Mag Bag: New Harvard Magazine Blends Gossip, Power Pieces

Harvard Mag Dishes Gossip for Alums

A new magazine targeting Harvard alums, 02138, aims to deliver a mix of light gossipy features and more weighty, brow-furrowing fare to its well-heeled readers. To promote the new bimonthly, named for the Cambridge zip code, the first issue was mailed free this week to 50,000 Harvard grads. Publishers hope they will pony up $36 a year for a subscription. On the cover of the first issue: actress Rashida Jones, a beautiful Harvard grad, and the daughter of Quincy Jones.

As you'd expect from the birthplace of the National Lampoon, Harvard produces a substantial number of eccentrics, scandal-prone plutocrats and dashing celebrities--all covered in the dishy "Vanitas" section, described as "Page Six for the Harvard set." (It's also a playful tweak of Harvard's motto, "Veritas," Latin for "truth.") The first issue also carries a list of 100 influential grads, "The Harvard 100," which gleefully revels in the university's grip on the global elites of business, politics, academics and entertainment. Included in the list are George W. Bush, Barack Obama, Ben Bernanke and Bill Gates--noting, of course, that Gates dropped out his junior year.



Advertisers in the first issue include Polo Ralph Lauren and Mercedes--and overall, the mag's prospects look good, provided it can generate enough interest among the pool of 320,000 Harvard grads. This may be a bit trickier than it seems. Although Harvardians are undoubtedly proud of their school, that may reflect their own sense of personal achievement, rather than the kind of communal "school pride" you find in big state schools or small liberal-arts colleges.

Conde Nast Launches Golf Digest Index

This month, well-to-do readers of Conde Nast's Golf Digest will receive the first issue of a biannual companion publication, Golf Digest Index. Index is being mailed to Digest's wealthiest 300,000 subscribers, eschewing the technical details of golf instruction in favor of more lifestyle features. According to Publisher Thomas Blair, the focus on travel and lifestyle will allow the magazine to attract more luxury-goods advertisers, including "luxury automotive, apparel, luxury goods, [and] private aviation."

Chrysler Sponsors Fortune's Battle of the Bands

As part of a national effort to boost the automaker's profile, Chrysler is sponsoring Fortune magazine's sixth annual "Battle of the Bands," a national competition for amateur musicians who lead double lives as good corporate citizens. Taking place October 6-7 at Cleveland's Rock & Roll Hall of Fame, Chrysler is using the Fortune music smackdown to launch the 2007 Aspen, with coverage including the sponsorship, signage, displays and additional branding of the "People's Pick" award presentation.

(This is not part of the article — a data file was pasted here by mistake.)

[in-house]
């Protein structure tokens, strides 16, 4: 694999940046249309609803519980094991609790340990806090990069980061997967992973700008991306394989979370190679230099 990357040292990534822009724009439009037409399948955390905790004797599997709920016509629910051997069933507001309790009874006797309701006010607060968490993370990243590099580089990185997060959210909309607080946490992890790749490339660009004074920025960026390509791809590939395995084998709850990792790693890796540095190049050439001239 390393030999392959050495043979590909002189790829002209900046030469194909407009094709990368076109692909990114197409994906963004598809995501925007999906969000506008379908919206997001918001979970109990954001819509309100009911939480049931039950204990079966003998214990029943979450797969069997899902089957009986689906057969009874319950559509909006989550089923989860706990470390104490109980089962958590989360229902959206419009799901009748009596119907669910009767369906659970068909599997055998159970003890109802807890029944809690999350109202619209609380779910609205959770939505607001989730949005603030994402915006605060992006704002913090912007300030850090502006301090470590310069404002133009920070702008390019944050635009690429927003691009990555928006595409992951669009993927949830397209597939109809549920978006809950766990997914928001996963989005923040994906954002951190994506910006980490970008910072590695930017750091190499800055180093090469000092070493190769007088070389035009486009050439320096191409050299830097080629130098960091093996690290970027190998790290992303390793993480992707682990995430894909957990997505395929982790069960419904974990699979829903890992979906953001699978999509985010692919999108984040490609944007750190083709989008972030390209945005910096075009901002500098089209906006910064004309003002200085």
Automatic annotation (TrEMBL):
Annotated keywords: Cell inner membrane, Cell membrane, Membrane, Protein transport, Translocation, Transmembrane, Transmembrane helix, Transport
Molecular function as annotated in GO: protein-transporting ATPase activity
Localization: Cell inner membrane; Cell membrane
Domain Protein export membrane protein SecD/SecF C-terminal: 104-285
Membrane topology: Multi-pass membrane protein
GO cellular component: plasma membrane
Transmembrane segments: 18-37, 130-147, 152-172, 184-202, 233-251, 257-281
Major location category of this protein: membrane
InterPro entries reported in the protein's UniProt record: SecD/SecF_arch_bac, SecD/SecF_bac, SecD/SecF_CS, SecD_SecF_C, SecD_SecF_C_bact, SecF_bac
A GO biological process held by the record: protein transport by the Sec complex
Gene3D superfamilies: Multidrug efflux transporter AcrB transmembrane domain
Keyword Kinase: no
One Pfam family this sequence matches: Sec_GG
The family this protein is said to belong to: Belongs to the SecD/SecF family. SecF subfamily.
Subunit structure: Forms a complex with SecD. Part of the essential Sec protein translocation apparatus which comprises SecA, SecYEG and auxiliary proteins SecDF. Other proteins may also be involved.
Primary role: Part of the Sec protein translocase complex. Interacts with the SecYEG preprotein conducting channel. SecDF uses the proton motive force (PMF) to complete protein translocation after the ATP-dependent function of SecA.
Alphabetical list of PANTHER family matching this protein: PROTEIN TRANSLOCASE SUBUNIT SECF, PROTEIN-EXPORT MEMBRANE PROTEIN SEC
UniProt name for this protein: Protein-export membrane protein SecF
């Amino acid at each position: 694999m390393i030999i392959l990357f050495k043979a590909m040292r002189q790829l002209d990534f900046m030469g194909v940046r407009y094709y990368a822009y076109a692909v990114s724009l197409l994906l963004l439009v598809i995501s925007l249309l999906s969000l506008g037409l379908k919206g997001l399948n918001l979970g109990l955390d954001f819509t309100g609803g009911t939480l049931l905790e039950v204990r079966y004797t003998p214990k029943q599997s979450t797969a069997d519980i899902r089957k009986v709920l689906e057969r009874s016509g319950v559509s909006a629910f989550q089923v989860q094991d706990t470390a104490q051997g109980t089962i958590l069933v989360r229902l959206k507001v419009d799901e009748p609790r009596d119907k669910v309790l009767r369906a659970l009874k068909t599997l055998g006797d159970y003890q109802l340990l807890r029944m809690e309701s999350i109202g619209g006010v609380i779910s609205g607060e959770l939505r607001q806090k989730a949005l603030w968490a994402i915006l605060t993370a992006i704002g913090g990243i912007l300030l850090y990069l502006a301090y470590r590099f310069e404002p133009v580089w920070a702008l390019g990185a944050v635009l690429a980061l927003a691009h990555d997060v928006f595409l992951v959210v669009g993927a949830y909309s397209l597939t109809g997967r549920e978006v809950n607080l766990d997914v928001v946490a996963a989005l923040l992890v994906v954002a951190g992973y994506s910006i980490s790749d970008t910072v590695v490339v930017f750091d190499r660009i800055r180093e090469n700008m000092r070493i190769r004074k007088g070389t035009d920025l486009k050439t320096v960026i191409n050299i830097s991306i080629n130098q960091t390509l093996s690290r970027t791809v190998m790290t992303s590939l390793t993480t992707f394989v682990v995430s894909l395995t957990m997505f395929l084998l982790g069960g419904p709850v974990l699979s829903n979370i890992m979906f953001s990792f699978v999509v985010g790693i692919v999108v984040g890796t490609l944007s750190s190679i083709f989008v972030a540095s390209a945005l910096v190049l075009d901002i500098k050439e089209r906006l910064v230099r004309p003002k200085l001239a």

Chrysler will also be featured prominently in Fortune, Fortune Small Business and Business 2.0, where content will drive traffic to a special Web site touting the event and the Aspen 2007.

Utne Readers Will Now Read Utne Reader

After acquiring the magazine from Lens Publishing Co. in June, Ogden Publications is rebranding Utne by reverting to the alternative magazine's original name, the Utne Reader. The change is part of the mag's return to its old mission--to be a digest and aggregator of the best articles from alternative media.

Bryan Welch, publisher of Ogden, said in a statement: "We're moving the magazine gently in the direction of being the gleaning tool for the media in general, including for all the voices online who are saying fascinating new things, bringing in new ideas that aren't getting covered in the mass media yet." Founded in 1984, the magazine has an unaudited circ of about 225,000.

Ad Boom for Dennis

In a generally soft ad market for lad mags, Dennis Publishing's flagship titles are enjoying an ad boom this fall. Ad pages for the November issue of Maxim are up 26.6 percent from the same month last year, topping 101. Meanwhile, the September, October and November issues of music mag Blender are breaking revenue records for those months--up 19 percent, 23 percent and 30 percent on a year-over-year basis. Overall, the first 11 months of 2006 have ad pages up 11.6 percent and revenue up 41 percent.

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